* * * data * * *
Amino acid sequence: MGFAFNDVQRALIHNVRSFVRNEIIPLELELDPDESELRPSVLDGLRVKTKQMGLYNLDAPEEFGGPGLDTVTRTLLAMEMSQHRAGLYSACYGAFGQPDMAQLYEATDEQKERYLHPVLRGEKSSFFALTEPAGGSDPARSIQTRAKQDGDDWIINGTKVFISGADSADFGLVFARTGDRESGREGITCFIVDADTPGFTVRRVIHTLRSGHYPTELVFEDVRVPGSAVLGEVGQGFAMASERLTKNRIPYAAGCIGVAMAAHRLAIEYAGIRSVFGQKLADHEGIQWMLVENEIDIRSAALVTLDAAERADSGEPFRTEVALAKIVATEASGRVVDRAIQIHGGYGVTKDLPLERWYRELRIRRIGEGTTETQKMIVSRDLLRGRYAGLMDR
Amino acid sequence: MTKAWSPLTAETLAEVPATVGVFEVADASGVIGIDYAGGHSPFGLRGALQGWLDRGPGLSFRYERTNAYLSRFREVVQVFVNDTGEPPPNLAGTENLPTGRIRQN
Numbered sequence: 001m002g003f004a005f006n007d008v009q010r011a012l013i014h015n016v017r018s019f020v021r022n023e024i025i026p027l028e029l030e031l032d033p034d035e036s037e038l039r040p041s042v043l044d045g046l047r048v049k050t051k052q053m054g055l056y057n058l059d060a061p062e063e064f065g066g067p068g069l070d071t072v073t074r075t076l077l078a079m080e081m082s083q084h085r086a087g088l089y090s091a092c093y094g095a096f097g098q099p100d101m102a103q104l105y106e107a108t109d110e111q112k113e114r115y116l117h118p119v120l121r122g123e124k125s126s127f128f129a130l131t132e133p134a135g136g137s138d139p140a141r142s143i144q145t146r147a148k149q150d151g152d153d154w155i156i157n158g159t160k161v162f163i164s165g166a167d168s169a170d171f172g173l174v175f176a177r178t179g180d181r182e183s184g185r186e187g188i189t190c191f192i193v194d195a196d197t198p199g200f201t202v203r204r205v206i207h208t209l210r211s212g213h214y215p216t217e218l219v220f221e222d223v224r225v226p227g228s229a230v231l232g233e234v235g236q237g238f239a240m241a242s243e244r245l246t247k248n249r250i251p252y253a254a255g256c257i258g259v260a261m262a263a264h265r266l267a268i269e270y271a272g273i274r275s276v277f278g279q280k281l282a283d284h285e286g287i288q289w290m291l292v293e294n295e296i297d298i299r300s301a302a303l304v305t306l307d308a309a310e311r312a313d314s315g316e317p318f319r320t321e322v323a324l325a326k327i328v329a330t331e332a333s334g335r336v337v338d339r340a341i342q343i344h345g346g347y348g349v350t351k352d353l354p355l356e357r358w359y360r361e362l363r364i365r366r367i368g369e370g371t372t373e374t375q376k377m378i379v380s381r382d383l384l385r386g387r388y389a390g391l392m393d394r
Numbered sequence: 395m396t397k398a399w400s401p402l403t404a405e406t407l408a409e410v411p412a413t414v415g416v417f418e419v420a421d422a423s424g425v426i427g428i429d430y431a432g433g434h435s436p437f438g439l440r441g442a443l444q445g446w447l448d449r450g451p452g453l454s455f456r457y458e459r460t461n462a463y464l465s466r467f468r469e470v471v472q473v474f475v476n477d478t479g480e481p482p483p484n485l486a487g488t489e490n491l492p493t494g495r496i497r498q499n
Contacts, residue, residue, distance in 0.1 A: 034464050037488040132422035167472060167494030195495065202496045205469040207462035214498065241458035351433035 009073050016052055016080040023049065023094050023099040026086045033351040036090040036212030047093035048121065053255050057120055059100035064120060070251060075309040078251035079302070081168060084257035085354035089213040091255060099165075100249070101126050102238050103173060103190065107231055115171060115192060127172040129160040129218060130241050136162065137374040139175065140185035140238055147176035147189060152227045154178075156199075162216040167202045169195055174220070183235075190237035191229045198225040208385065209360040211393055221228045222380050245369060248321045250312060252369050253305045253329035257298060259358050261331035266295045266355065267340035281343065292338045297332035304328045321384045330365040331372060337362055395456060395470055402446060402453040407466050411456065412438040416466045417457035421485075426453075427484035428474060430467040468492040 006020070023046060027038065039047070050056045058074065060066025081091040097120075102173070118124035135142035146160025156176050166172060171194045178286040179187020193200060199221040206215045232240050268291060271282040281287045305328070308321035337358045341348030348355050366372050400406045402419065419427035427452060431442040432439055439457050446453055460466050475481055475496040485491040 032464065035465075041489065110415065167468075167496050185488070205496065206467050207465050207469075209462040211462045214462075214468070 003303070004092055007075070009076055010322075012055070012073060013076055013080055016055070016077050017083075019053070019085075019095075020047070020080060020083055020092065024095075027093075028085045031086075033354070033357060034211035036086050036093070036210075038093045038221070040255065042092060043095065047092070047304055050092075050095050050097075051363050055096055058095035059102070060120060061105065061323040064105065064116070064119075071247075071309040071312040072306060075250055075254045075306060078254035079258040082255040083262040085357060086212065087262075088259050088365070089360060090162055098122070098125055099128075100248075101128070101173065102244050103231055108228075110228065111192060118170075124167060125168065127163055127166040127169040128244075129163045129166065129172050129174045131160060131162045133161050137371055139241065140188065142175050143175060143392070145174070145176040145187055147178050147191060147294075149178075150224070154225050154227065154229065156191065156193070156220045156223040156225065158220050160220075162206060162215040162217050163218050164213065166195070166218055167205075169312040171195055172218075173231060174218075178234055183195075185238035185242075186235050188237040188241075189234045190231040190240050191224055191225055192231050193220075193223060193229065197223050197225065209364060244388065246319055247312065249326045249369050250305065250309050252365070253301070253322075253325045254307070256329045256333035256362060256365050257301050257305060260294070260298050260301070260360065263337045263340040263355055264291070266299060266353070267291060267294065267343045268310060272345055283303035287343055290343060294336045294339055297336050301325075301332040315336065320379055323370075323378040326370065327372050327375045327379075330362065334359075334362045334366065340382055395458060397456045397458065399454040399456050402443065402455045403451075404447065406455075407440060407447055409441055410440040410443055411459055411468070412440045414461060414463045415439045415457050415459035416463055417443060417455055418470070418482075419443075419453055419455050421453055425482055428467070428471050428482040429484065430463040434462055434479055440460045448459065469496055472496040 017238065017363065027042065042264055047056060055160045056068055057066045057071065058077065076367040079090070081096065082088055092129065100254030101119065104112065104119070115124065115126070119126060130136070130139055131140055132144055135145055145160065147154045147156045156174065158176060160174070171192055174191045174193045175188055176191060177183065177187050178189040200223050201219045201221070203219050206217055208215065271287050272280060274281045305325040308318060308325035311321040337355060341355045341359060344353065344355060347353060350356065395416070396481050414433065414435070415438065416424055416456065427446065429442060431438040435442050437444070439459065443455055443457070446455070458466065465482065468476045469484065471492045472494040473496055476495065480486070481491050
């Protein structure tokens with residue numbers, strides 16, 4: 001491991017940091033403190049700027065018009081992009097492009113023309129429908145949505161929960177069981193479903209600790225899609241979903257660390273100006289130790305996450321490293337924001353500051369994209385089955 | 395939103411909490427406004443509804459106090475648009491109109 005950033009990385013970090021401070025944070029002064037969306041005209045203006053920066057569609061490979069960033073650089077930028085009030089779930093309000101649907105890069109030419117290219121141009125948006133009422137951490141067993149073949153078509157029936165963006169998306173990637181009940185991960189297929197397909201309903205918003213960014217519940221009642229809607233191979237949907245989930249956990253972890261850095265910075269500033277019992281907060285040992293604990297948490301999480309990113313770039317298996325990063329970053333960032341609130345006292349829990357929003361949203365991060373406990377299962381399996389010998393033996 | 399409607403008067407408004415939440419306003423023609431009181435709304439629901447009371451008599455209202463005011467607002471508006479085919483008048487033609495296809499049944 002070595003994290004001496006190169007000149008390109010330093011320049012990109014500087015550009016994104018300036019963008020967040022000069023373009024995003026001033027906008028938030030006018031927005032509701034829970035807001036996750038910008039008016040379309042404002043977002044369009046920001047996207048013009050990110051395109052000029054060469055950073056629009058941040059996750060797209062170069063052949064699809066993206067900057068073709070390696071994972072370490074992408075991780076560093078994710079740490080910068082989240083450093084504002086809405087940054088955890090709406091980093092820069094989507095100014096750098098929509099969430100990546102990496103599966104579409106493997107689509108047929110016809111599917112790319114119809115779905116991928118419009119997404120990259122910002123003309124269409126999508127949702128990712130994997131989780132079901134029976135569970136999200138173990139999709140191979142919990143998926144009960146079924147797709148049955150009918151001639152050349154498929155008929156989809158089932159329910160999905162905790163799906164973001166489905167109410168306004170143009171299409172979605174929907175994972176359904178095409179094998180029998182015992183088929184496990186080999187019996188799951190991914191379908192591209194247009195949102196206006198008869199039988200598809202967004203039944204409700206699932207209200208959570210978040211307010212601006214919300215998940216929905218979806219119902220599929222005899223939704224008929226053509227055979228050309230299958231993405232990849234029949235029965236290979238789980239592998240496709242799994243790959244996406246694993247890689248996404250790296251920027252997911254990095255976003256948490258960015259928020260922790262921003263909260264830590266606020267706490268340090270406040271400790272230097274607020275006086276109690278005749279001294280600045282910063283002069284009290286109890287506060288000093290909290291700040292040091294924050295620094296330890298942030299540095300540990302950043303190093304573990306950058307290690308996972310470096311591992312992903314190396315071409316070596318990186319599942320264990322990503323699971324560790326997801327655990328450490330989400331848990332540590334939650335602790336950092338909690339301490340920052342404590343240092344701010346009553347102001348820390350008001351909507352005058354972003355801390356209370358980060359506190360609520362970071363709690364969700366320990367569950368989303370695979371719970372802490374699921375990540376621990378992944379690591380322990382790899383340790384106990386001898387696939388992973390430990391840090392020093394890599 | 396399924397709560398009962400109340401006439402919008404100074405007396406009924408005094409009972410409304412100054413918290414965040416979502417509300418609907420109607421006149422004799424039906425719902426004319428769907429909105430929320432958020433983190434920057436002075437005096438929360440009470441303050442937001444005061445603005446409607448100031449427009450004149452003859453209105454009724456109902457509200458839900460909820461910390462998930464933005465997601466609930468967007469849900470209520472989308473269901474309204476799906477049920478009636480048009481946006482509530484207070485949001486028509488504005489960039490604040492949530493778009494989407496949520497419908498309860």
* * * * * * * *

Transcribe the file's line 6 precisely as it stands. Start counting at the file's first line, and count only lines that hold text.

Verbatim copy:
């Protein structure tokens with residue numbers, strides 16, 4: 001491991017940091033403190049700027065018009081992009097492009113023309129429908145949505161929960177069981193479903209600790225899609241979903257660390273100006289130790305996450321490293337924001353500051369994209385089955 | 395939103411909490427406004443509804459106090475648009491109109 005950033009990385013970090021401070025944070029002064037969306041005209045203006053920066057569609061490979069960033073650089077930028085009030089779930093309000101649907105890069109030419117290219121141009125948006133009422137951490141067993149073949153078509157029936165963006169998306173990637181009940185991960189297929197397909201309903205918003213960014217519940221009642229809607233191979237949907245989930249956990253972890261850095265910075269500033277019992281907060285040992293604990297948490301999480309990113313770039317298996325990063329970053333960032341609130345006292349829990357929003361949203365991060373406990377299962381399996389010998393033996 | 399409607403008067407408004415939440419306003423023609431009181435709304439629901447009371451008599455209202463005011467607002471508006479085919483008048487033609495296809499049944 002070595003994290004001496006190169007000149008390109010330093011320049012990109014500087015550009016994104018300036019963008020967040022000069023373009024995003026001033027906008028938030030006018031927005032509701034829970035807001036996750038910008039008016040379309042404002043977002044369009046920001047996207048013009050990110051395109052000029054060469055950073056629009058941040059996750060797209062170069063052949064699809066993206067900057068073709070390696071994972072370490074992408075991780076560093078994710079740490080910068082989240083450093084504002086809405087940054088955890090709406091980093092820069094989507095100014096750098098929509099969430100990546102990496103599966104579409106493997107689509108047929110016809111599917112790319114119809115779905116991928118419009119997404120990259122910002123003309124269409126999508127949702128990712130994997131989780132079901134029976135569970136999200138173990139999709140191979142919990143998926144009960146079924147797709148049955150009918151001639152050349154498929155008929156989809158089932159329910160999905162905790163799906164973001166489905167109410168306004170143009171299409172979605174929907175994972176359904178095409179094998180029998182015992183088929184496990186080999187019996188799951190991914191379908192591209194247009195949102196206006198008869199039988200598809202967004203039944204409700206699932207209200208959570210978040211307010212601006214919300215998940216929905218979806219119902220599929222005899223939704224008929226053509227055979228050309230299958231993405232990849234029949235029965236290979238789980239592998240496709242799994243790959244996406246694993247890689248996404250790296251920027252997911254990095255976003256948490258960015259928020260922790262921003263909260264830590266606020267706490268340090270406040271400790272230097274607020275006086276109690278005749279001294280600045282910063283002069284009290286109890287506060288000093290909290291700040292040091294924050295620094296330890298942030299540095300540990302950043303190093304573990306950058307290690308996972310470096311591992312992903314190396315071409316070596318990186319599942320264990322990503323699971324560790326997801327655990328450490330989400331848990332540590334939650335602790336950092338909690339301490340920052342404590343240092344701010346009553347102001348820390350008001351909507352005058354972003355801390356209370358980060359506190360609520362970071363709690364969700366320990367569950368989303370695979371719970372802490374699921375990540376621990378992944379690591380322990382790899383340790384106990386001898387696939388992973390430990391840090392020093394890599 | 396399924397709560398009962400109340401006439402919008404100074405007396406009924408005094409009972410409304412100054413918290414965040416979502417509300418609907420109607421006149422004799424039906425719902426004319428769907429909105430929320432958020433983190434920057436002075437005096438929360440009470441303050442937001444005061445603005446409607448100031449427009450004149452003859453209105454009724456109902457509200458839900460909820461910390462998930464933005465997601466609930468967007469849900470209520472989308473269901474309204476799906477049920478009636480048009481946006482509530484207070485949001486028509488504005489960039490604040492949530493778009494989407496949520497419908498309860």